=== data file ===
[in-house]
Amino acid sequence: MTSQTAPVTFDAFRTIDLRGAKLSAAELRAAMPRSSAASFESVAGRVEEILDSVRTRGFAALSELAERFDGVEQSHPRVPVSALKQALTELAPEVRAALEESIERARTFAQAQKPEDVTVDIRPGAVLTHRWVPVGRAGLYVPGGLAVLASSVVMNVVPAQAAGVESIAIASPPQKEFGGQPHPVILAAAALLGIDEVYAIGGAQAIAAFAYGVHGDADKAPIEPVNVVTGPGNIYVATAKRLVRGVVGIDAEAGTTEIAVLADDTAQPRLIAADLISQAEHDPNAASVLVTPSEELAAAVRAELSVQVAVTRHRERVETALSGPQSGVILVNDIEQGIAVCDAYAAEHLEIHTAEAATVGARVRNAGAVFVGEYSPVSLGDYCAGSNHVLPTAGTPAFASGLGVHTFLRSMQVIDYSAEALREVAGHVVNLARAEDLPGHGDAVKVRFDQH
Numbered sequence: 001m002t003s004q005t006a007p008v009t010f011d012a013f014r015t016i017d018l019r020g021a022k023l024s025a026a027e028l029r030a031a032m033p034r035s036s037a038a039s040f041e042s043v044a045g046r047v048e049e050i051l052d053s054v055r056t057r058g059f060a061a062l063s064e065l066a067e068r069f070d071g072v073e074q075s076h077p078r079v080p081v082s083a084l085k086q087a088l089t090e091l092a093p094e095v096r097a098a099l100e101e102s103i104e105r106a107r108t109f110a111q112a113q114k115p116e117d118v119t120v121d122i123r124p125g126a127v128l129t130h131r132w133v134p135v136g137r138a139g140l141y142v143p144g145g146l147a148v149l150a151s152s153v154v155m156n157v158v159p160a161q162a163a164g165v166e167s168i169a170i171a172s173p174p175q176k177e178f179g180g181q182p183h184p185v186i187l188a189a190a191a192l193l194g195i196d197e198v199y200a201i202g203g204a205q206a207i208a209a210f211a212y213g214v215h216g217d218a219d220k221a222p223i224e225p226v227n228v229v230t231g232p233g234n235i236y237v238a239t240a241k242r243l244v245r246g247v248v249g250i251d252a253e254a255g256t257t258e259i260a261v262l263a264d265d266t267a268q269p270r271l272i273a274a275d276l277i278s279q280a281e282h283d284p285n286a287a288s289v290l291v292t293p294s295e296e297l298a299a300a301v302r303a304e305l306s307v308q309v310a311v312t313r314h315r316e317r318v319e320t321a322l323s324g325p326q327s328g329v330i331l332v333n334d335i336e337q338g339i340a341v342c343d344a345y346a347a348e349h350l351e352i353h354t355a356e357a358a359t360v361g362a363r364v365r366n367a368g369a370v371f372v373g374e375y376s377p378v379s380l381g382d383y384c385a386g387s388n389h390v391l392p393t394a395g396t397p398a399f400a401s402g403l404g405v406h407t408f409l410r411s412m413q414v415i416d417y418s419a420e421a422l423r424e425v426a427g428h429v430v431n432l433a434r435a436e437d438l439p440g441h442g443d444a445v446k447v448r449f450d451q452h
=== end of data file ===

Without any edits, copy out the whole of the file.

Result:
[in-house]
Amino acid sequence: MTSQTAPVTFDAFRTIDLRGAKLSAAELRAAMPRSSAASFESVAGRVEEILDSVRTRGFAALSELAERFDGVEQSHPRVPVSALKQALTELAPEVRAALEESIERARTFAQAQKPEDVTVDIRPGAVLTHRWVPVGRAGLYVPGGLAVLASSVVMNVVPAQAAGVESIAIASPPQKEFGGQPHPVILAAAALLGIDEVYAIGGAQAIAAFAYGVHGDADKAPIEPVNVVTGPGNIYVATAKRLVRGVVGIDAEAGTTEIAVLADDTAQPRLIAADLISQAEHDPNAASVLVTPSEELAAAVRAELSVQVAVTRHRERVETALSGPQSGVILVNDIEQGIAVCDAYAAEHLEIHTAEAATVGARVRNAGAVFVGEYSPVSLGDYCAGSNHVLPTAGTPAFASGLGVHTFLRSMQVIDYSAEALREVAGHVVNLARAEDLPGHGDAVKVRFDQH
Numbered sequence: 001m002t003s004q005t006a007p008v009t010f011d012a013f014r015t016i017d018l019r020g021a022k023l024s025a026a027e028l029r030a031a032m033p034r035s036s037a038a039s040f041e042s043v044a045g046r047v048e049e050i051l052d053s054v055r056t057r058g059f060a061a062l063s064e065l066a067e068r069f070d071g072v073e074q075s076h077p078r079v080p081v082s083a084l085k086q087a088l089t090e091l092a093p094e095v096r097a098a099l100e101e102s103i104e105r106a107r108t109f110a111q112a113q114k115p116e117d118v119t120v121d122i123r124p125g126a127v128l129t130h131r132w133v134p135v136g137r138a139g140l141y142v143p144g145g146l147a148v149l150a151s152s153v154v155m156n157v158v159p160a161q162a163a164g165v166e167s168i169a170i171a172s173p174p175q176k177e178f179g180g181q182p183h184p185v186i187l188a189a190a191a192l193l194g195i196d197e198v199y200a201i202g203g204a205q206a207i208a209a210f211a212y213g214v215h216g217d218a219d220k221a222p223i224e225p226v227n228v229v230t231g232p233g234n235i236y237v238a239t240a241k242r243l244v245r246g247v248v249g250i251d252a253e254a255g256t257t258e259i260a261v262l263a264d265d266t267a268q269p270r271l272i273a274a275d276l277i278s279q280a281e282h283d284p285n286a287a288s289v290l291v292t293p294s295e296e297l298a299a300a301v302r303a304e305l306s307v308q309v310a311v312t313r314h315r316e317r318v319e320t321a322l323s324g325p326q327s328g329v330i331l332v333n334d335i336e337q338g339i340a341v342c343d344a345y346a347a348e349h350l351e352i353h354t355a356e357a358a359t360v361g362a363r364v365r366n367a368g369a370v371f372v373g374e375y376s377p378v379s380l381g382d383y384c385a386g387s388n389h390v391l392p393t394a395g396t397p398a399f400a401s402g403l404g405v406h407t408f409l410r411s412m413q414v415i416d417y418s419a420e421a422l423r424e425v426a427g428h429v430v431n432l433a434r435a436e437d438l439p440g441h442g443d444a445v446k447v448r449f450d451q452h